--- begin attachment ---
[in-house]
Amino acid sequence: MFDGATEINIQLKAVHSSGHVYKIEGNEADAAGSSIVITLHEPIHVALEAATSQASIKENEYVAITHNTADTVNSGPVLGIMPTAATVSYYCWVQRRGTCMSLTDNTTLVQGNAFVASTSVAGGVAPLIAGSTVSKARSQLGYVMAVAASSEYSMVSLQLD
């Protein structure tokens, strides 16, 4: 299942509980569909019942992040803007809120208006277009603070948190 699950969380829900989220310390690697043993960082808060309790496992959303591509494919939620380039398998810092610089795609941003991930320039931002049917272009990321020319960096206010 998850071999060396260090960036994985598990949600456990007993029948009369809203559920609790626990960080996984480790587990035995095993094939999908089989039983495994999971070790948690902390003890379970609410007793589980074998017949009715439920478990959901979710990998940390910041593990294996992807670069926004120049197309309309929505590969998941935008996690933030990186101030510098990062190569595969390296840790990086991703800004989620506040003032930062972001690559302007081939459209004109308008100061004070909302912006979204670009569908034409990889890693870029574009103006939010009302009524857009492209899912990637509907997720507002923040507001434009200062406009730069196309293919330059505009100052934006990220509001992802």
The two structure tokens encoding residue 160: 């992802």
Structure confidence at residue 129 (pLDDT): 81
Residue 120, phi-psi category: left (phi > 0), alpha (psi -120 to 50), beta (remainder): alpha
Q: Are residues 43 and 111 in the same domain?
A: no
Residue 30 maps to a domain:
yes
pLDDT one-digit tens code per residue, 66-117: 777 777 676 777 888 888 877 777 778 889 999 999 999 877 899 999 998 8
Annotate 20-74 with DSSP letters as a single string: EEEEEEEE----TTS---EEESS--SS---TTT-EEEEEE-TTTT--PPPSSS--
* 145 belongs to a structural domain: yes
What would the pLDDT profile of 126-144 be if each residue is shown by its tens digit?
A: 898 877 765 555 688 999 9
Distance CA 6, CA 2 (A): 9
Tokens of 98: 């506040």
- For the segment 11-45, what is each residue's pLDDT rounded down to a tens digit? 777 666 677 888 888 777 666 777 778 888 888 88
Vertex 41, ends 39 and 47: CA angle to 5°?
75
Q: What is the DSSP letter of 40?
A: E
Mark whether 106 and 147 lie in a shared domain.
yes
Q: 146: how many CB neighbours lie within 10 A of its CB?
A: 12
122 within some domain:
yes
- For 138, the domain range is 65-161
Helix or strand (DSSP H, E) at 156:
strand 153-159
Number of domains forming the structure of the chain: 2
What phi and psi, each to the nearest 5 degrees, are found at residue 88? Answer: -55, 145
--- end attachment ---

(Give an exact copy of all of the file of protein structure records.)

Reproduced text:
[in-house]
Amino acid sequence: MFDGATEINIQLKAVHSSGHVYKIEGNEADAAGSSIVITLHEPIHVALEAATSQASIKENEYVAITHNTADTVNSGPVLGIMPTAATVSYYCWVQRRGTCMSLTDNTTLVQGNAFVASTSVAGGVAPLIAGSTVSKARSQLGYVMAVAASSEYSMVSLQLD
């Protein structure tokens, strides 16, 4: 299942509980569909019942992040803007809120208006277009603070948190 699950969380829900989220310390690697043993960082808060309790496992959303591509494919939620380039398998810092610089795609941003991930320039931002049917272009990321020319960096206010 998850071999060396260090960036994985598990949600456990007993029948009369809203559920609790626990960080996984480790587990035995095993094939999908089989039983495994999971070790948690902390003890379970609410007793589980074998017949009715439920478990959901979710990998940390910041593990294996992807670069926004120049197309309309929505590969998941935008996690933030990186101030510098990062190569595969390296840790990086991703800004989620506040003032930062972001690559302007081939459209004109308008100061004070909302912006979204670009569908034409990889890693870029574009103006939010009302009524857009492209899912990637509907997720507002923040507001434009200062406009730069196309293919330059505009100052934006990220509001992802």
The two structure tokens encoding residue 160: 């992802």
Structure confidence at residue 129 (pLDDT): 81
Residue 120, phi-psi category: left (phi > 0), alpha (psi -120 to 50), beta (remainder): alpha
Q: Are residues 43 and 111 in the same domain?
A: no
Residue 30 maps to a domain:
yes
pLDDT one-digit tens code per residue, 66-117: 777 777 676 777 888 888 877 777 778 889 999 999 999 877 899 999 998 8
Annotate 20-74 with DSSP letters as a single string: EEEEEEEE----TTS---EEESS--SS---TTT-EEEEEE-TTTT--PPPSSS--
* 145 belongs to a structural domain: yes
What would the pLDDT profile of 126-144 be if each residue is shown by its tens digit?
A: 898 877 765 555 688 999 9
Distance CA 6, CA 2 (A): 9
Tokens of 98: 């506040």
- For the segment 11-45, what is each residue's pLDDT rounded down to a tens digit? 777 666 677 888 888 777 666 777 778 888 888 88
Vertex 41, ends 39 and 47: CA angle to 5°?
75
Q: What is the DSSP letter of 40?
A: E
Mark whether 106 and 147 lie in a shared domain.
yes
Q: 146: how many CB neighbours lie within 10 A of its CB?
A: 12
122 within some domain:
yes
- For 138, the domain range is 65-161
Helix or strand (DSSP H, E) at 156:
strand 153-159
Number of domains forming the structure of the chain: 2
What phi and psi, each to the nearest 5 degrees, are found at residue 88? Answer: -55, 145